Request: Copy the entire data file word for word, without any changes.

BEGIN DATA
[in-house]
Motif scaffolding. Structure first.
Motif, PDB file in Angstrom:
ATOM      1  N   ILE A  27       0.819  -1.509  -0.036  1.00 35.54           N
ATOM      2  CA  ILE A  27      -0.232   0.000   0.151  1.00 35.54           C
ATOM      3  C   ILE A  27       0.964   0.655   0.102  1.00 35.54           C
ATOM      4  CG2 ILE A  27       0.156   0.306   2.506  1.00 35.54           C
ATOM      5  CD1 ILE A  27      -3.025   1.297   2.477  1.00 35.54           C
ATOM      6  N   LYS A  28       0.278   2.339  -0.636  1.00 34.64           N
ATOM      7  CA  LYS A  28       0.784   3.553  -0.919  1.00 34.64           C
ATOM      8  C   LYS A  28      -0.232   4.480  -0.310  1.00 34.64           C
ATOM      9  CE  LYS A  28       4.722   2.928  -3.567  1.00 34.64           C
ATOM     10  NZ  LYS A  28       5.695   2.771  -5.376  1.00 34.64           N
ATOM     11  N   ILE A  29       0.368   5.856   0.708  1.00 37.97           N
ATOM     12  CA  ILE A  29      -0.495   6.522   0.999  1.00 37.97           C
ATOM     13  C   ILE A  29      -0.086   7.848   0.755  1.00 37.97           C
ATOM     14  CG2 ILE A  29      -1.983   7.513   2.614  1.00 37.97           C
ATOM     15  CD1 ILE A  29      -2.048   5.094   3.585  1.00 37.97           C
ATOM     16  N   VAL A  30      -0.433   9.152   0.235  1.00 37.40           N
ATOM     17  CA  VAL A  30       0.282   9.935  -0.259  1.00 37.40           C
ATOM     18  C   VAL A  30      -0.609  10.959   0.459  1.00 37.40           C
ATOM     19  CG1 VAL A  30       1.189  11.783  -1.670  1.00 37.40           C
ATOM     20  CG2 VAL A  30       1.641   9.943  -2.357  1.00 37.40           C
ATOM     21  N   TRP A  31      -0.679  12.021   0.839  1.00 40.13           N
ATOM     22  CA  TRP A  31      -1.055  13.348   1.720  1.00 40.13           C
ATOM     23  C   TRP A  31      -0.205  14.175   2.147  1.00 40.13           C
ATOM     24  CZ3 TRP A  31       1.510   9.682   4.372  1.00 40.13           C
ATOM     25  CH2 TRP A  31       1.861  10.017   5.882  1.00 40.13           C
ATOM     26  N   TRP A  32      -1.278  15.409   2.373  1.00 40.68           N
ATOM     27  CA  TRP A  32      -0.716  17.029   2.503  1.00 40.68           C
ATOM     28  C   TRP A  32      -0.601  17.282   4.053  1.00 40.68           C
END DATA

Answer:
[in-house]
Motif scaffolding. Structure first.
Motif, PDB file in Angstrom:
ATOM      1  N   ILE A  27       0.819  -1.509  -0.036  1.00 35.54           N
ATOM      2  CA  ILE A  27      -0.232   0.000   0.151  1.00 35.54           C
ATOM      3  C   ILE A  27       0.964   0.655   0.102  1.00 35.54           C
ATOM      4  CG2 ILE A  27       0.156   0.306   2.506  1.00 35.54           C
ATOM      5  CD1 ILE A  27      -3.025   1.297   2.477  1.00 35.54           C
ATOM      6  N   LYS A  28       0.278   2.339  -0.636  1.00 34.64           N
ATOM      7  CA  LYS A  28       0.784   3.553  -0.919  1.00 34.64           C
ATOM      8  C   LYS A  28      -0.232   4.480  -0.310  1.00 34.64           C
ATOM      9  CE  LYS A  28       4.722   2.928  -3.567  1.00 34.64           C
ATOM     10  NZ  LYS A  28       5.695   2.771  -5.376  1.00 34.64           N
ATOM     11  N   ILE A  29       0.368   5.856   0.708  1.00 37.97           N
ATOM     12  CA  ILE A  29      -0.495   6.522   0.999  1.00 37.97           C
ATOM     13  C   ILE A  29      -0.086   7.848   0.755  1.00 37.97           C
ATOM     14  CG2 ILE A  29      -1.983   7.513   2.614  1.00 37.97           C
ATOM     15  CD1 ILE A  29      -2.048   5.094   3.585  1.00 37.97           C
ATOM     16  N   VAL A  30      -0.433   9.152   0.235  1.00 37.40           N
ATOM     17  CA  VAL A  30       0.282   9.935  -0.259  1.00 37.40           C
ATOM     18  C   VAL A  30      -0.609  10.959   0.459  1.00 37.40           C
ATOM     19  CG1 VAL A  30       1.189  11.783  -1.670  1.00 37.40           C
ATOM     20  CG2 VAL A  30       1.641   9.943  -2.357  1.00 37.40           C
ATOM     21  N   TRP A  31      -0.679  12.021   0.839  1.00 40.13           N
ATOM     22  CA  TRP A  31      -1.055  13.348   1.720  1.00 40.13           C
ATOM     23  C   TRP A  31      -0.205  14.175   2.147  1.00 40.13           C
ATOM     24  CZ3 TRP A  31       1.510   9.682   4.372  1.00 40.13           C
ATOM     25  CH2 TRP A  31       1.861  10.017   5.882  1.00 40.13           C
ATOM     26  N   TRP A  32      -1.278  15.409   2.373  1.00 40.68           N
ATOM     27  CA  TRP A  32      -0.716  17.029   2.503  1.00 40.68           C
ATOM     28  C   TRP A  32      -0.601  17.282   4.053  1.00 40.68           C